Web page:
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201er

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201er last won the day on January 16

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About 201er

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  • Location
    NYC
  • Model
    M20J

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  1. For me it’s always been 120KIAS. It’s the aerodynamic sweet spot for the M20J. The handling on the controls is superb, it’s just at or below maneuvering speed (maybe make a sharp move to avoid birds), it will provide a little extra stretch while slowing to beat glide, the viability over the front is good, it’s below gear extension speed, it keeps things out of the yellow arc in terms of vibration, fuel flow is minimal at about 6-7gph, and I can very consistently get to it with an easy to remember setting of “22 squared.” I actually set for that power setting rather than that specific speed of
  2. I know it’s been discussed to death but I’d love to see some numbers on what’s the favorite pattern entry speed. If you use different speeds just round to whatever is the closest representation. In the discussion, specify your model, what speed you use on downwind, and why.
  3. It’s registered as a Cessna 400 but he identifies as Columbia on the radio. I guess is he said Cessna 554Z, ATC would be really shocked.
  4. Maybe that’s just pretty rare for a Cessna to be flying for more than a couple hours at a time...
  5. ATC gets excited about a Columbia going 800nm. Meanwhile 1000+ nm cross countries are no issue in the Mooney (with long range tanks). ATC doesn’t offer the same kind of surprise to a Mooney doing NJ to Wichita, Key West, San Marcos, Winnipeg, or Goose Bay nonstop. Nor 1400nm Denver to Linden. And after all that, the Columbia couldn’t make it past St. Louis without taking a piss. I guess Jose, @Gagarin, they don’t make a piss hose for those things?
  6. Is this peace of junk back up for sale again!?
  7. Have you guys heard the news? Cirrus announced that they are buying Mooney corporation and resuming aircraft production. They are going to modernize the M20 with all the latest and greatest including all composite design, CAPS parachute, Garmin GFC700 autopilot, 1250lb useful load. A 6 seat variant is being discussed. Cirrus is contemplating scrapping production of their popular SR20/22 lines in favor of the Mooney type certificate they are buying out as the staple of their fleet. Now you won't have to choose between 1950's era peace of mind like steal roll cage and one piece wing spar and imp
  8. You'd pay the gas bill, insurance, and maintenance if you were swapped the plane?
  9. I'll start. Nothing. I'm not aware of an airplane that might cost a lot more to acquire but same or less to maintain/operate for this kind of speed/safety as my Mooney M20J. I'd have to be ready to shell out a lot more for operating expenses than I can afford that would appeal to me. Like a longbody Mooney or a TBM. I'd have to spend a lot more to get a little more. I'd have to have a lot more than a lot more to justify that.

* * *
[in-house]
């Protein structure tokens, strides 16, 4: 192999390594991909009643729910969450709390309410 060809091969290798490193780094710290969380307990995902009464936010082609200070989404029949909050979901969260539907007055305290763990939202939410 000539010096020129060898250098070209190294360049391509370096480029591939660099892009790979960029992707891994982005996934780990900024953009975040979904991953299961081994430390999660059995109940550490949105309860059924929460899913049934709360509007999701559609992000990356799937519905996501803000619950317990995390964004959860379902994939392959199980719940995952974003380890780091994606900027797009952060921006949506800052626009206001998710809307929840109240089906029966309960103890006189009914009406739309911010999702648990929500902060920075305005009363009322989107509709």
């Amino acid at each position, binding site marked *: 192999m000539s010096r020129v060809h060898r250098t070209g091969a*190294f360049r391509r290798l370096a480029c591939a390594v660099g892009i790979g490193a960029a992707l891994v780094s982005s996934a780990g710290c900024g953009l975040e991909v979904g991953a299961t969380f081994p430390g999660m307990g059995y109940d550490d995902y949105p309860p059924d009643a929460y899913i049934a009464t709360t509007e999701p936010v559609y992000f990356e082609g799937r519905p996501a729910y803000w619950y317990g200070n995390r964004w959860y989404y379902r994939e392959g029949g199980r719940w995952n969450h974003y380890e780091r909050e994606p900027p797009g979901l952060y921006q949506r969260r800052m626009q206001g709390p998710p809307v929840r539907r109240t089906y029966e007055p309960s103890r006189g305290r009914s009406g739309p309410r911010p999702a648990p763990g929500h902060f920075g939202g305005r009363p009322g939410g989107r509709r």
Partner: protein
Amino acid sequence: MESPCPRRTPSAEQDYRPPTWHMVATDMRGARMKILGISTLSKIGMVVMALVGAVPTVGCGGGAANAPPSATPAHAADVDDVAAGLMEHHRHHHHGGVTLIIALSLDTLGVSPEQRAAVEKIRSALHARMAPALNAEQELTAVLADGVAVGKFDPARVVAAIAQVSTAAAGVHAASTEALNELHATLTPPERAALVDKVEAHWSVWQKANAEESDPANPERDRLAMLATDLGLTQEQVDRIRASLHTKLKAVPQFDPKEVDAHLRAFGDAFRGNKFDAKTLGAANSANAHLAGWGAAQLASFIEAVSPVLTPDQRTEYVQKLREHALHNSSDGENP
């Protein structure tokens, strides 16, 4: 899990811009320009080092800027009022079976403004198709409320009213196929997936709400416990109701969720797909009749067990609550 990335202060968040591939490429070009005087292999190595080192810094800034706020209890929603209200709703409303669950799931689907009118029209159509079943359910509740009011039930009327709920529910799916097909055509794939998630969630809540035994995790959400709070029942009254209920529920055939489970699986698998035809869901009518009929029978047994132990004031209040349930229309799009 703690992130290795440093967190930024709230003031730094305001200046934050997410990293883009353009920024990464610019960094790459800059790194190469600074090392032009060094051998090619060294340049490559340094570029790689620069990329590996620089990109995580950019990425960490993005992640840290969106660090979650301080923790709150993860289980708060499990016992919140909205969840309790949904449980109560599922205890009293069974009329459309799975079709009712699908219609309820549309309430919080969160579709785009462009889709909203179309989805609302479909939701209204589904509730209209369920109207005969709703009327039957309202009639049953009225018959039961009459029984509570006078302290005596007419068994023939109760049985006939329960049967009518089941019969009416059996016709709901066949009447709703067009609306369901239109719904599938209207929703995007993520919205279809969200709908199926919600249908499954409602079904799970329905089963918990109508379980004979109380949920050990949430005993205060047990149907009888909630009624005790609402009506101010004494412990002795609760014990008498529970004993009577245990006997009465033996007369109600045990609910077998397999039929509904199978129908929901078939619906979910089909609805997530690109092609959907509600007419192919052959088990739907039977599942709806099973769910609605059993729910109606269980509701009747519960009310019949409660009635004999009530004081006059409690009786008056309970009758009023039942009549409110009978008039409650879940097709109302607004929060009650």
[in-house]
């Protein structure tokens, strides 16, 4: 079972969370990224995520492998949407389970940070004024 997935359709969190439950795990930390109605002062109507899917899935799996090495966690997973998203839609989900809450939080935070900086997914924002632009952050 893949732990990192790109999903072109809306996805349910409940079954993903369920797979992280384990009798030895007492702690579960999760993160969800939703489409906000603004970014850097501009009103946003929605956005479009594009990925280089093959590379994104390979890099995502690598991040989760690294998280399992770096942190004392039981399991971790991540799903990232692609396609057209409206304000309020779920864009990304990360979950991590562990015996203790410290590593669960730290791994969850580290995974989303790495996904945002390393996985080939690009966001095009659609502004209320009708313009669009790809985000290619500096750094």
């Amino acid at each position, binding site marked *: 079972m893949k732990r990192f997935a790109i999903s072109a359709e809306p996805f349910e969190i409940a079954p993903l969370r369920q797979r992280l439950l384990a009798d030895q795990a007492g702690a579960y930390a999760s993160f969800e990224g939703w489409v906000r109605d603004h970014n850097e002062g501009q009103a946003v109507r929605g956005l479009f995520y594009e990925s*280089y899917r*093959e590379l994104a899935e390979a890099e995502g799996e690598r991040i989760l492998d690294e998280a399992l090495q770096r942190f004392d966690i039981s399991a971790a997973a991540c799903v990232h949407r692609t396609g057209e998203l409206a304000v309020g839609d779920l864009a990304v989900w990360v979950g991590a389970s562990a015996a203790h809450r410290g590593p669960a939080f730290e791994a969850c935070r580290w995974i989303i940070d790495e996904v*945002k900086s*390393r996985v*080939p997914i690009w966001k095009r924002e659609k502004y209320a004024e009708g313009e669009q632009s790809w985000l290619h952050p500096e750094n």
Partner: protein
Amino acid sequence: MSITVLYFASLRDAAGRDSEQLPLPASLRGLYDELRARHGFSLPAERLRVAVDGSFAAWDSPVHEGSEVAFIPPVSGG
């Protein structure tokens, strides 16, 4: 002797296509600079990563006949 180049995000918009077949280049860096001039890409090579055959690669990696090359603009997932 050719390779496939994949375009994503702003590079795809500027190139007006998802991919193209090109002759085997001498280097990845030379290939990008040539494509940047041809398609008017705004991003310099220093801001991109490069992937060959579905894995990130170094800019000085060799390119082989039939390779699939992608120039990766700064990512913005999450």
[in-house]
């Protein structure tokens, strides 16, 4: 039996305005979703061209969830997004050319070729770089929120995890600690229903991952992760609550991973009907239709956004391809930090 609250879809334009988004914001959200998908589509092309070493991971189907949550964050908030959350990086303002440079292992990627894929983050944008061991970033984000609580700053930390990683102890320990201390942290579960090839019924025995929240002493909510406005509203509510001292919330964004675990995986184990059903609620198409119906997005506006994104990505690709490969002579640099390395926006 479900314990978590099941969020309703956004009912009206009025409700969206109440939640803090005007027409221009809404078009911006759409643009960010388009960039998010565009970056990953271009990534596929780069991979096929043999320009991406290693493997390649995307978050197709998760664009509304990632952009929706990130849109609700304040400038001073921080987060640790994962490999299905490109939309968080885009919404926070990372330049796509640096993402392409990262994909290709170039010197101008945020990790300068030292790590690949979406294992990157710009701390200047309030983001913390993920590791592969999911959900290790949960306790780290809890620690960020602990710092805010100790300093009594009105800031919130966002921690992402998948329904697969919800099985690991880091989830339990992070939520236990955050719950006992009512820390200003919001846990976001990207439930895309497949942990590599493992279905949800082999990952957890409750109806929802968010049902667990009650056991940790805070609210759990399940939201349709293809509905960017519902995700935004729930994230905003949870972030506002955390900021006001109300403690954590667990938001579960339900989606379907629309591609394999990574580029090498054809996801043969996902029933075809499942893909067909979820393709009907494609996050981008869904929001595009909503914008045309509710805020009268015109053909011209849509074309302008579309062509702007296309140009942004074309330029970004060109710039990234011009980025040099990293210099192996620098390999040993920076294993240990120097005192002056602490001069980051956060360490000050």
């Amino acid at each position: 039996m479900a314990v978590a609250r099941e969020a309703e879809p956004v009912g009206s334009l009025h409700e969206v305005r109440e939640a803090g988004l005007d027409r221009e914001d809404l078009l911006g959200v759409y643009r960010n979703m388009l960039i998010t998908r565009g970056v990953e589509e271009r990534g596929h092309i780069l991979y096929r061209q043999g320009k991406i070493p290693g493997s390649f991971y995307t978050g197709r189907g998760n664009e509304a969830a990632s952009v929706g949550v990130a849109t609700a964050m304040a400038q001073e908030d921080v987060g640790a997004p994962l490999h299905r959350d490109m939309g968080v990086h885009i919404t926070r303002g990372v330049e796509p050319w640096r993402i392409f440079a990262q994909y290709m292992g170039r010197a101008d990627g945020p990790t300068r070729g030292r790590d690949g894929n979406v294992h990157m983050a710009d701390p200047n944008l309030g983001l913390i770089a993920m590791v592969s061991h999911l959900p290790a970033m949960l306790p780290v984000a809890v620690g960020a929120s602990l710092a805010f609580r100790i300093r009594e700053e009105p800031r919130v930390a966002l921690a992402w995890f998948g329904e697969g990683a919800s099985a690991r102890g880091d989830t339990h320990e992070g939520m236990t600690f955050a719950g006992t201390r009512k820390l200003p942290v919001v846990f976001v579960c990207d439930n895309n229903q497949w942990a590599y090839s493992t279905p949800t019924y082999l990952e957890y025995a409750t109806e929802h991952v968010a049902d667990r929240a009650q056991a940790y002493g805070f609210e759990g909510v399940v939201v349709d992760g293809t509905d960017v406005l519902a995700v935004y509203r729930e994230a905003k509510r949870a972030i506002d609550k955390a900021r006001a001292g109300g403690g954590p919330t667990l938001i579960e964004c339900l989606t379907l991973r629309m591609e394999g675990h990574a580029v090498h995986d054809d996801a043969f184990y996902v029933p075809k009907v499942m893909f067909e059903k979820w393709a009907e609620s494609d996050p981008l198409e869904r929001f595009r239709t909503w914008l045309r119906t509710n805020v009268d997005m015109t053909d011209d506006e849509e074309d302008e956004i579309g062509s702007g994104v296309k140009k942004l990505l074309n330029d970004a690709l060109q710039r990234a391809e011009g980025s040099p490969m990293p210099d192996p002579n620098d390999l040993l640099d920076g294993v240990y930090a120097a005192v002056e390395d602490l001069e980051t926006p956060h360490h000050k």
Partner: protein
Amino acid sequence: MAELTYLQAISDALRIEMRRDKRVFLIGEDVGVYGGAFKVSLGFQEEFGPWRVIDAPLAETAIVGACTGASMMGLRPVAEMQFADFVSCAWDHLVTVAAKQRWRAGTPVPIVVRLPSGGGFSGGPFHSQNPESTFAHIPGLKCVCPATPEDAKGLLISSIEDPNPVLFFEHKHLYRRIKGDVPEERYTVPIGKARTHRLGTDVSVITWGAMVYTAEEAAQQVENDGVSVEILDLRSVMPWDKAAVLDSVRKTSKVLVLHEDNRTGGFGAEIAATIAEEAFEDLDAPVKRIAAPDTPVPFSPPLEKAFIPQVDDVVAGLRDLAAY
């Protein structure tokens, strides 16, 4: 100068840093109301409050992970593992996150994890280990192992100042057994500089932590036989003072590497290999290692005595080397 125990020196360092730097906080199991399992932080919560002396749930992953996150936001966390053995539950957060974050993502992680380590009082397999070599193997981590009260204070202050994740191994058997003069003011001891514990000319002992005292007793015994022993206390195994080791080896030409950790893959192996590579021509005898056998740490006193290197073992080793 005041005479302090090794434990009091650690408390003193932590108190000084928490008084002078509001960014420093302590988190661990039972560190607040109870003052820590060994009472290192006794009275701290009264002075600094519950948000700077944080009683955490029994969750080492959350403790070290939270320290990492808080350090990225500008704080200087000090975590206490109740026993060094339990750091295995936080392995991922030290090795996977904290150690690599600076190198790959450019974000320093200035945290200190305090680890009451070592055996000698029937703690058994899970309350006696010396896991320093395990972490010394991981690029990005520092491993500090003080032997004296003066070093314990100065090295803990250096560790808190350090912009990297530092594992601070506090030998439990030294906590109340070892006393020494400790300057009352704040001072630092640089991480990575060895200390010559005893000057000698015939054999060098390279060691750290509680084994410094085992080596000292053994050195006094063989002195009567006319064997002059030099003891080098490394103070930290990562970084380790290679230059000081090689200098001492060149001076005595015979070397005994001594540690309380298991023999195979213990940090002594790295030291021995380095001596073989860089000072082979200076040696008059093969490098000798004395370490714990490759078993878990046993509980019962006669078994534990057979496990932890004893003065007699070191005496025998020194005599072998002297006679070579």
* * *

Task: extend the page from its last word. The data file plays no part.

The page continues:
10. So for the 85% of you who answered something between "no" and "hell no" to trading for a Cirrus, I added a new topic to write in what you would trade for if there's anything else that strikes your fancy. Tell us over there what non-Cirrus airplane you'd go for.
  11. Ok, so we learned that the vast majority of Mooney owners find the Cirrus nauseating and would sooner be caught riding a scooter than downgrade to that plastic toy. So instead of a poll, here's a write in. What airplane WOULD you trade your Mooney for? Again, you're not getting any more or less out of the equity, you have to foot all the operating and future costs. Is there an airplane that you'd rather have than a Mooney but only the acquisition cost is holding you back? And if not, is there a Mooney model you'd trade for today and take on all operating costs for?
  12. Considering the majority of aviation accidents are pilot error and most often the kind the chute won't help with (CFIT, Stalls in the pattern), the wife is better off staying at home while her husband flies if she wants to cash in that insurance...
  13. I say no. Definitely not if the operating costs are substantially higher. If the operating costs were the same, I'd have to think about it. However, I can't say that a Cirrus appeals to me overall. The Mooney design is one of the things that got me into aviation. I would definitely like a faster Mooney than a Cirrus. But, again I'm not sure I'd want to take on the higher operating costs of a 2002 Mooney Bravo either.
  14. Hypothetically, would you trade your Mooney for a Cirrus? Let's say you can have a direct swap plane for plane. You can't sell it or if you do, you get whatever your Mooney is worth for it anyway. No gain or loss on the asset value or monthly payment. However, you have to take on whatever maintenance, operation, insurance costs come with it. You have to fly with a parachute and your wheels always hanging out, and you get shunned off this forum. Say something like this 2002 SR22. Doesn't have to be exactly this one but thereabouts. https://www.controller.com/listing/for-sale/20
  15. It’s no surprise that in a Mooney group we mostly have folks who got into aviation with the intent of private flying. I was just curious to see what portion of Mooney pilots was commercial or military cross overs and clearly it’s a substantial amount as well. Good stuff.
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